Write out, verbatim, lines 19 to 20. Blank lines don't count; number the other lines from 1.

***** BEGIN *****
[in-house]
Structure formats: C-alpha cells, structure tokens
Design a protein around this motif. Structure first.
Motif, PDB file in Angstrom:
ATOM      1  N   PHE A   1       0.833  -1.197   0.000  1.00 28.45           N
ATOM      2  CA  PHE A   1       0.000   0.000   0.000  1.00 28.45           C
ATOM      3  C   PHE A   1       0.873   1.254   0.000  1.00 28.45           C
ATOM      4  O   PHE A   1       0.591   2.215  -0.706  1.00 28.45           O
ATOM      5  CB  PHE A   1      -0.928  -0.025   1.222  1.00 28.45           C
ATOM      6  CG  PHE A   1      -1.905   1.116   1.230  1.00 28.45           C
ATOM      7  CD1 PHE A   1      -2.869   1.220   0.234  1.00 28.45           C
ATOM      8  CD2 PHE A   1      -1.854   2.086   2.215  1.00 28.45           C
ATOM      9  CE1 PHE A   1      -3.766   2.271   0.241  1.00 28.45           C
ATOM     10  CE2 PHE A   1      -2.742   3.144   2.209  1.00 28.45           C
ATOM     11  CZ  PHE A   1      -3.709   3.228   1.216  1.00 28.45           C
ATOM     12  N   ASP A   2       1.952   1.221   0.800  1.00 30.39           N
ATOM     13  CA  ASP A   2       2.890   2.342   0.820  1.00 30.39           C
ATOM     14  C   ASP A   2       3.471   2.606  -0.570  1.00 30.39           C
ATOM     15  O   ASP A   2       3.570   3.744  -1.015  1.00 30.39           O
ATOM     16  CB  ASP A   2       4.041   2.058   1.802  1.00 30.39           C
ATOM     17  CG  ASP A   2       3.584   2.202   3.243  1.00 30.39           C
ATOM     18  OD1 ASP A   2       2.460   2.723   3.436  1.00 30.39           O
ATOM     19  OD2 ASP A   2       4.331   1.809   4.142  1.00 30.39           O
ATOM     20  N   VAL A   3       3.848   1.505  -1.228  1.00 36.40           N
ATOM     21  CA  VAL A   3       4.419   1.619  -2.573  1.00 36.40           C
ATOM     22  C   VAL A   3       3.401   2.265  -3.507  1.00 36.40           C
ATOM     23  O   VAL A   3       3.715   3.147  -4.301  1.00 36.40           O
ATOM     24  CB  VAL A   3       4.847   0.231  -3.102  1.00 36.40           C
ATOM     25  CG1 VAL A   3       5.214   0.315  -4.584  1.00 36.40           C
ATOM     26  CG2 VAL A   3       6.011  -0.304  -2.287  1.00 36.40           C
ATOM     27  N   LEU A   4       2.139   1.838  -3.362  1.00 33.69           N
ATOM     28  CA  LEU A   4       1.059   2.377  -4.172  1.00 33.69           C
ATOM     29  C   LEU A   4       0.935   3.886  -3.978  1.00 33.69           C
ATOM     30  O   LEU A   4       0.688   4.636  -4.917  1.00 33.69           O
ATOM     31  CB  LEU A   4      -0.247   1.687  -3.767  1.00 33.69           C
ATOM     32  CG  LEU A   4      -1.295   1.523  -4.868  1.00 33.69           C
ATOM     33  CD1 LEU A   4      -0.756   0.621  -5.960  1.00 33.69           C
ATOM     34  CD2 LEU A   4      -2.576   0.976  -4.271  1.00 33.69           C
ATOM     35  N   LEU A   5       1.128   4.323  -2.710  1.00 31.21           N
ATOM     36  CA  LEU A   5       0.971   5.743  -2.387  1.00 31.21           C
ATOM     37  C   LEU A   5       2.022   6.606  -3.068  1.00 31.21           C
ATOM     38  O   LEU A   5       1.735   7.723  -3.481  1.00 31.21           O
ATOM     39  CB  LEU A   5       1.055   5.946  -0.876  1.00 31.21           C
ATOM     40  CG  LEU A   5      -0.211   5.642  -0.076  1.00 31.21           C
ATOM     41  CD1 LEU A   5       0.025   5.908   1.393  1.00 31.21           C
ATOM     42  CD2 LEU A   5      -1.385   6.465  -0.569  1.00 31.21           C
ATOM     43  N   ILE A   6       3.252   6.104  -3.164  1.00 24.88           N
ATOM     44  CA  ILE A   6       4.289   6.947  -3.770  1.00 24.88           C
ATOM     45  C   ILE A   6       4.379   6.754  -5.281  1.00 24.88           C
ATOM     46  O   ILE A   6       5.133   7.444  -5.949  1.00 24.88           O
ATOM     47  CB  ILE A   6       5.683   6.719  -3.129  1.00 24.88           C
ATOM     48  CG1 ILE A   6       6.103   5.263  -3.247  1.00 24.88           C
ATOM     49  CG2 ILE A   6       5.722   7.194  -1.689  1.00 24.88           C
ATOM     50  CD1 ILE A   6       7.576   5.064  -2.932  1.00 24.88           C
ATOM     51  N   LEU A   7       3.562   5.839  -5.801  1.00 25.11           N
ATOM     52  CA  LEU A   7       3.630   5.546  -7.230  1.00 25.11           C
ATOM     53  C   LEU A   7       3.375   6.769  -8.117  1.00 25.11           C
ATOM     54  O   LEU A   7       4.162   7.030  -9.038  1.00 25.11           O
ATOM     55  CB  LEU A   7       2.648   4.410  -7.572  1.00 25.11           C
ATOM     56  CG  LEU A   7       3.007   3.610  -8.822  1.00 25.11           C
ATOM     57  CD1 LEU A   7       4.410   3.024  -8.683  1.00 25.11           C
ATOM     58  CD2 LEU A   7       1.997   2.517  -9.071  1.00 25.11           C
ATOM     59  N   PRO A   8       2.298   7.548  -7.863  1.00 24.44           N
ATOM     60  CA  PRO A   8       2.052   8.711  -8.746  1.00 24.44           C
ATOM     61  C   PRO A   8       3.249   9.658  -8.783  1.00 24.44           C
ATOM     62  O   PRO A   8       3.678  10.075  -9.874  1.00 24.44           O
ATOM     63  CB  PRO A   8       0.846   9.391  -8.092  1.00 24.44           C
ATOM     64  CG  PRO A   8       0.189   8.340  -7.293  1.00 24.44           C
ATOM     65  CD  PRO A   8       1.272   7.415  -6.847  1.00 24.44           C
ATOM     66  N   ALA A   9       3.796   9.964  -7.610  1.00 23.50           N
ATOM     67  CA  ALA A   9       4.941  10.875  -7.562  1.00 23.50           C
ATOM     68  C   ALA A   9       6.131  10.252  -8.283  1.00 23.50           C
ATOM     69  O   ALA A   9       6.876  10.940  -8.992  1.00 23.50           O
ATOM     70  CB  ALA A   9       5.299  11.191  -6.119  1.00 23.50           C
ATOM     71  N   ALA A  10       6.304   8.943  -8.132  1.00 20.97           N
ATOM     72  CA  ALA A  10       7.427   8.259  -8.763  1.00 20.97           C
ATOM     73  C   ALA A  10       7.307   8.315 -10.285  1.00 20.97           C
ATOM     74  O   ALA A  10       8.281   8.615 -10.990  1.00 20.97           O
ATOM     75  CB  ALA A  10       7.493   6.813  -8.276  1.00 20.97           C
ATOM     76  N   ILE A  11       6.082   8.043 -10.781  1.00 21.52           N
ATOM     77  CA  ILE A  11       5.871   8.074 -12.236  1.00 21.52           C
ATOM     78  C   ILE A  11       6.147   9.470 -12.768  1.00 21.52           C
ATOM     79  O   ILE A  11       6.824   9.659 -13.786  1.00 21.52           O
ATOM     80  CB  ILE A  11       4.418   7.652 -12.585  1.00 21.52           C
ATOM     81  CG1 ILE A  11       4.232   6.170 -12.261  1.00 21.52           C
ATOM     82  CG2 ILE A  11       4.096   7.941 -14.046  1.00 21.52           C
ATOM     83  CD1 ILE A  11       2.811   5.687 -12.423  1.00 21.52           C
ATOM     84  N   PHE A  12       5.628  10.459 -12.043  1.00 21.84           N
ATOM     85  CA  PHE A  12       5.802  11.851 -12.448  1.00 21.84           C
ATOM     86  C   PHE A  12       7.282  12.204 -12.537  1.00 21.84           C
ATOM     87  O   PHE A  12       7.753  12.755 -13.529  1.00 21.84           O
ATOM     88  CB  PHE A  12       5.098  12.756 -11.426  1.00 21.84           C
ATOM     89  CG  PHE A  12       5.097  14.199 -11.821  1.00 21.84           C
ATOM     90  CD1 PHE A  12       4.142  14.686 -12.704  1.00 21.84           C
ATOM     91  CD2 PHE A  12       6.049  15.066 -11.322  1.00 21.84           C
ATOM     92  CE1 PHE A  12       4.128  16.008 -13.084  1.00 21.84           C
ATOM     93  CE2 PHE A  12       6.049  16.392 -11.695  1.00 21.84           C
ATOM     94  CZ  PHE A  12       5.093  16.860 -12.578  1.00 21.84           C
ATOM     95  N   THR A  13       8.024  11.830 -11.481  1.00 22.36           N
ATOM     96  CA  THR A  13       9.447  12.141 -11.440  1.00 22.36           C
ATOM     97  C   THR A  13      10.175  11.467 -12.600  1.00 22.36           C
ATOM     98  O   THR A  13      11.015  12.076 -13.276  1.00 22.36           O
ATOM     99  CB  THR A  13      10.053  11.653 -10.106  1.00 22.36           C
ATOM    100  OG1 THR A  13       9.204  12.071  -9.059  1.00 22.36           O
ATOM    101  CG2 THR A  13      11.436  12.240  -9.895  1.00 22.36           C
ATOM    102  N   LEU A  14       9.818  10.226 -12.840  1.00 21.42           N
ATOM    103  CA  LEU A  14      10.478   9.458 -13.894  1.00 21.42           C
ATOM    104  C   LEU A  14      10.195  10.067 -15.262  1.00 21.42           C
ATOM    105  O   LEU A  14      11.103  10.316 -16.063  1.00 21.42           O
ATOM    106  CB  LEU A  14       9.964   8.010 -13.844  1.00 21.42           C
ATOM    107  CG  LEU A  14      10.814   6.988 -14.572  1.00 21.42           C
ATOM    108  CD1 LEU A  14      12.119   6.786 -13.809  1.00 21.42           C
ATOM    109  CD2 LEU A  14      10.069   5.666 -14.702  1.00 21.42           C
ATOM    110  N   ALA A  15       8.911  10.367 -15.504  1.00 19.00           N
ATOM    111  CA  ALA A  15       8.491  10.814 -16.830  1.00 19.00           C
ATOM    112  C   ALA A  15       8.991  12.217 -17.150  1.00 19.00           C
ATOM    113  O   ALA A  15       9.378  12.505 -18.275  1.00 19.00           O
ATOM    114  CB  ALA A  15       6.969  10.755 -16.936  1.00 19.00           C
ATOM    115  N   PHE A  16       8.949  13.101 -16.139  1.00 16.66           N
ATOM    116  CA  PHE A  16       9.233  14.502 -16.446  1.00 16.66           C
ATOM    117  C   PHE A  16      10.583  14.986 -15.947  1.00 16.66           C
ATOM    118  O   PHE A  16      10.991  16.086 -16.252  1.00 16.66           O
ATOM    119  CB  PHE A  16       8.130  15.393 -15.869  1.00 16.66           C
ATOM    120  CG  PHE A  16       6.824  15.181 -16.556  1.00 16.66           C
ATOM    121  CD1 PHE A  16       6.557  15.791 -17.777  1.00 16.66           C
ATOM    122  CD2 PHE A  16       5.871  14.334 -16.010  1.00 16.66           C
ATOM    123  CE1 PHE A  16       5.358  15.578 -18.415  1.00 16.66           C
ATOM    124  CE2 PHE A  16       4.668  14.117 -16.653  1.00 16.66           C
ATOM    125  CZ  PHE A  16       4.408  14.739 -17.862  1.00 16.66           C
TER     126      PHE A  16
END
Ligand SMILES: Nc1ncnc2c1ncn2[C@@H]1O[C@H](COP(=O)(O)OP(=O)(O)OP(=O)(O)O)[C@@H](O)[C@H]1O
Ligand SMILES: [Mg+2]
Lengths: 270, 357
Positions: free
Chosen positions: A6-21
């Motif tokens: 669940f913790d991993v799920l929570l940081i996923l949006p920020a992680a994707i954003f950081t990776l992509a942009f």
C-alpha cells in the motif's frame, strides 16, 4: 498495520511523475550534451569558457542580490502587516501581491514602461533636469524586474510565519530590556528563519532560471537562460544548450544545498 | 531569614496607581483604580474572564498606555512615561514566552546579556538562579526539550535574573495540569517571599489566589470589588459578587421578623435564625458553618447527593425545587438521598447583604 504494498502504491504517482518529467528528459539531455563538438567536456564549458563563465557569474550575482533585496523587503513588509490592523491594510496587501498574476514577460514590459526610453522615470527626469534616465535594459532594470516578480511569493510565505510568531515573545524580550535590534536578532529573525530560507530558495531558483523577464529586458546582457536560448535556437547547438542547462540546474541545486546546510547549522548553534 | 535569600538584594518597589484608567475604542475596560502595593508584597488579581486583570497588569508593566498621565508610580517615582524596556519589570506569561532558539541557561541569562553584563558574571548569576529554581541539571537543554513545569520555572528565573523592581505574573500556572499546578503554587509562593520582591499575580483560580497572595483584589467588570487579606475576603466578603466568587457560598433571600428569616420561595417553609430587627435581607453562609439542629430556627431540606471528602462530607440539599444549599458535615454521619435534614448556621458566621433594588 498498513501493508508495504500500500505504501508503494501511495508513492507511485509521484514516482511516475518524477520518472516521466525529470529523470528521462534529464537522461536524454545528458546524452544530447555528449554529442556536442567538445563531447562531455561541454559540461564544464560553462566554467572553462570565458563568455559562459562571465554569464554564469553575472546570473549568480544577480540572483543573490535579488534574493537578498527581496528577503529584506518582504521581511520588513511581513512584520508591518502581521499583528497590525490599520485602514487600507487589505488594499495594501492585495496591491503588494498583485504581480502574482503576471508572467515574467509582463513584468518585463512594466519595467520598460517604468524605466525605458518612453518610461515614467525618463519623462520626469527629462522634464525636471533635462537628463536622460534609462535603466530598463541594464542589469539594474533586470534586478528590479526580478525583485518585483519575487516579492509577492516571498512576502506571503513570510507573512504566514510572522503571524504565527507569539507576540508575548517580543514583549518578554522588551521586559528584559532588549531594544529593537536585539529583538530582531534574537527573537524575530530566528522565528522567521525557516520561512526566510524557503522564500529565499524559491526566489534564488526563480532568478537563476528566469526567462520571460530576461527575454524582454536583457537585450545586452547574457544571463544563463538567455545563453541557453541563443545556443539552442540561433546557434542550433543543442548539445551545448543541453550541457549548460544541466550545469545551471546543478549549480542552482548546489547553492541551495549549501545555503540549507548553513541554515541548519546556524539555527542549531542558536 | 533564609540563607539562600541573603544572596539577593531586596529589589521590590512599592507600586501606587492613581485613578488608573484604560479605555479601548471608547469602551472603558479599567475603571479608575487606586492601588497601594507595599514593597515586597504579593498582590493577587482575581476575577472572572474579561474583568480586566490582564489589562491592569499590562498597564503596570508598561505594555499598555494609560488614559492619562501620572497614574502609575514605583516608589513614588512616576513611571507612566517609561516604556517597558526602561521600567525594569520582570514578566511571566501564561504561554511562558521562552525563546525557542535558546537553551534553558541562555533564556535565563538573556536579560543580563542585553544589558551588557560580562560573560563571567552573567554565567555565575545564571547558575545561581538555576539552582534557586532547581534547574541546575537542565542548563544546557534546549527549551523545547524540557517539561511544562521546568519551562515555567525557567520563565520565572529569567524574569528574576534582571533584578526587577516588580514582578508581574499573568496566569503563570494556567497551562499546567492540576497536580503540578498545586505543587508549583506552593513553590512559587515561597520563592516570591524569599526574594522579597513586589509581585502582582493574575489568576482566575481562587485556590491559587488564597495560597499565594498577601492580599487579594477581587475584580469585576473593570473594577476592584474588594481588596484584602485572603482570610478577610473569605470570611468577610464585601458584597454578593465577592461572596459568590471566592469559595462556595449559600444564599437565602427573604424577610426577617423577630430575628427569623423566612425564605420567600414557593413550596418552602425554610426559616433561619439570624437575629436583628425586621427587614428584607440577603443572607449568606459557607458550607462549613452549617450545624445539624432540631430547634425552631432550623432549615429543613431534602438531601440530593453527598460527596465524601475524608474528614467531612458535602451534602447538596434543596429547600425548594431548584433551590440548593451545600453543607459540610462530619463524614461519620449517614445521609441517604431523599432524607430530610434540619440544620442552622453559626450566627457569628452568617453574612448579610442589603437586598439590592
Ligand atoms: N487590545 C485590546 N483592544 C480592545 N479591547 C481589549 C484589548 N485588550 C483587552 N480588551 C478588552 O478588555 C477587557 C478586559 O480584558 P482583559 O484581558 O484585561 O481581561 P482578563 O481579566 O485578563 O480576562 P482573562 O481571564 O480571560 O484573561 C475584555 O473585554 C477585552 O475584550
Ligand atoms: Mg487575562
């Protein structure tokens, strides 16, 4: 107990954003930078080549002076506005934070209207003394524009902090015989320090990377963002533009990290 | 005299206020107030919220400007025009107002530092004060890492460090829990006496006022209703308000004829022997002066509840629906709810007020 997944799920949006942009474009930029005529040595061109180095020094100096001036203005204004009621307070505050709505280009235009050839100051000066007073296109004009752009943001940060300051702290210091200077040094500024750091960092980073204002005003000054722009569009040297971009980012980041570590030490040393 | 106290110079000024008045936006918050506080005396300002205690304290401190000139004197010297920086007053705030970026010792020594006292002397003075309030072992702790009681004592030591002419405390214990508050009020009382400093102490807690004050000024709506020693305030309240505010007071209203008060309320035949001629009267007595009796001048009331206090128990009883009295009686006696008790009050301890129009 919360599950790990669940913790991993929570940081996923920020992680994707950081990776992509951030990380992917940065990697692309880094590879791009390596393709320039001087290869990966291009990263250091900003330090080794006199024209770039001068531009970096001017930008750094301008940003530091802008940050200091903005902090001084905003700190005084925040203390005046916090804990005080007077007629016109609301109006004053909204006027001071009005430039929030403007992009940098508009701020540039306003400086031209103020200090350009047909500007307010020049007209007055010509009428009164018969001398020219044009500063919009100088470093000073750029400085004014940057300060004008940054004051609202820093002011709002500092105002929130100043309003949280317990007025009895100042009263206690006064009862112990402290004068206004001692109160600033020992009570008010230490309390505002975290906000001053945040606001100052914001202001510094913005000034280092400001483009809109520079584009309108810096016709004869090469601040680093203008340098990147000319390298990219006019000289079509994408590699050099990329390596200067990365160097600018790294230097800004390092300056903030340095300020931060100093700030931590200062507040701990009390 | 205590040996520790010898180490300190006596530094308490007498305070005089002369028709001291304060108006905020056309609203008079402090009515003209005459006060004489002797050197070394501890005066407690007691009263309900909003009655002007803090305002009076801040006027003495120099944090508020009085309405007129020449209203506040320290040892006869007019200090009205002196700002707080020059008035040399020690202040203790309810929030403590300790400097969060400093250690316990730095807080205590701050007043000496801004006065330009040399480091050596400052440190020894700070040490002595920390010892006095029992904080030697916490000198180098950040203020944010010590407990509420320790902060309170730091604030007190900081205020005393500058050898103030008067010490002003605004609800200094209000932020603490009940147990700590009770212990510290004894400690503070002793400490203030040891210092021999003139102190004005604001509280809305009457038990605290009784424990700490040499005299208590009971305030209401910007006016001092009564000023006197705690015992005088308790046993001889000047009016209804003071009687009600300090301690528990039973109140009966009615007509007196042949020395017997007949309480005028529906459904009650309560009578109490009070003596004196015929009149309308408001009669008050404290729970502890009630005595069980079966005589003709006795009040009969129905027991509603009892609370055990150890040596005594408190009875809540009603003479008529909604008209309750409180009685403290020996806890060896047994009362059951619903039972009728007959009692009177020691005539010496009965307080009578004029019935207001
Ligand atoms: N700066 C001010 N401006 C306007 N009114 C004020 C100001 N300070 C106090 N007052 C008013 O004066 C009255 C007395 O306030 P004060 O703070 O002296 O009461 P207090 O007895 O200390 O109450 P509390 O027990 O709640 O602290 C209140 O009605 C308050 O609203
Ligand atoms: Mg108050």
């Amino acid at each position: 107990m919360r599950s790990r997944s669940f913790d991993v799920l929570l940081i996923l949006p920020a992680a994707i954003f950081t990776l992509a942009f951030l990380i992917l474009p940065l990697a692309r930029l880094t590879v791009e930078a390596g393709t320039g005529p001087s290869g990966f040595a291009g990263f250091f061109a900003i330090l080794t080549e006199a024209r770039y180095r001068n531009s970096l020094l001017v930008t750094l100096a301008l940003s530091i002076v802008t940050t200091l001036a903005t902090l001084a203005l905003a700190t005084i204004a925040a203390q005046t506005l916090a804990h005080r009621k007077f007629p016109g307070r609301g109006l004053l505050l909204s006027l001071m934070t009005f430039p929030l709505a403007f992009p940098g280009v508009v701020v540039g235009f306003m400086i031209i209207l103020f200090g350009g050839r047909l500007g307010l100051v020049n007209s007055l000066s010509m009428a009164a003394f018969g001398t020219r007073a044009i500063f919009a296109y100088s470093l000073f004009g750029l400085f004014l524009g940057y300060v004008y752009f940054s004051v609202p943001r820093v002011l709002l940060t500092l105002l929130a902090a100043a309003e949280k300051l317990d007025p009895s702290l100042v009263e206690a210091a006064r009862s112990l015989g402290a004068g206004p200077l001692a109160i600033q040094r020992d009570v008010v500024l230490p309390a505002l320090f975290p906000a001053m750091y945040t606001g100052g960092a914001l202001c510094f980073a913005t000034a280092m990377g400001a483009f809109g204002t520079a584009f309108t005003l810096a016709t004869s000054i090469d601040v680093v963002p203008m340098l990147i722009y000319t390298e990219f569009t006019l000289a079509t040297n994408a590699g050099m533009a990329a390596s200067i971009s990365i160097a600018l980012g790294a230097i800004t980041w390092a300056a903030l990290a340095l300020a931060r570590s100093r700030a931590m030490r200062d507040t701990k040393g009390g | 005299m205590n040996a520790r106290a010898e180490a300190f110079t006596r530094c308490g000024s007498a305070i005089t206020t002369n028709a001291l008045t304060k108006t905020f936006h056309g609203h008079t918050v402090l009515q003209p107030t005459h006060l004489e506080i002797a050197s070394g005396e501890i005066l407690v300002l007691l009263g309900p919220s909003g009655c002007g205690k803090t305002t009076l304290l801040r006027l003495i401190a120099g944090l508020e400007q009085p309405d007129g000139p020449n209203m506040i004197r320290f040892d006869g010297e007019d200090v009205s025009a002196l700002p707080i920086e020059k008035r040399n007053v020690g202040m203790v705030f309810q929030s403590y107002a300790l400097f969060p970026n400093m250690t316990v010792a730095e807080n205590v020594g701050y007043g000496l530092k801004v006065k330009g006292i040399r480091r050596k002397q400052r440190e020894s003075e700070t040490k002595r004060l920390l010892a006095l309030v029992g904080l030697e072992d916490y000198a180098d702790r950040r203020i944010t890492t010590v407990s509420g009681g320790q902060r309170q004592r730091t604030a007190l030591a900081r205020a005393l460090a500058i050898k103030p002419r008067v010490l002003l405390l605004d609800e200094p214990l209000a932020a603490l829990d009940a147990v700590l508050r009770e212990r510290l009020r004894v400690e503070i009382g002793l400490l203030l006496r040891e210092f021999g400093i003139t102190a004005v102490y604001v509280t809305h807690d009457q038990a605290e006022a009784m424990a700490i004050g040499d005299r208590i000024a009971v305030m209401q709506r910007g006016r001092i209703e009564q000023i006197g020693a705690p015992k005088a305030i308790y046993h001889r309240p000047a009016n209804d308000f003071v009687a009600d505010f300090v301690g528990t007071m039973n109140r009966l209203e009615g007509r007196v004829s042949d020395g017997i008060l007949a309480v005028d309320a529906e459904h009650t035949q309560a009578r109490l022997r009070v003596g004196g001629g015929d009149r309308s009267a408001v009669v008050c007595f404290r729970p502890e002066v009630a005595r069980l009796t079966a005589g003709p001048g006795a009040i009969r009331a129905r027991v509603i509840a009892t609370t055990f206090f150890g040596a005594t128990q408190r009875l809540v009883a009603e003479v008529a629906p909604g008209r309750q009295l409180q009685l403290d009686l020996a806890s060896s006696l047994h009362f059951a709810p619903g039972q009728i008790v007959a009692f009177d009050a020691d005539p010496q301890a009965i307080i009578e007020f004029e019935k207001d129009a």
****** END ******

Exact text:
ATOM     15  O   ASP A   2       3.570   3.744  -1.015  1.00 30.39           O
ATOM     16  CB  ASP A   2       4.041   2.058   1.802  1.00 30.39           C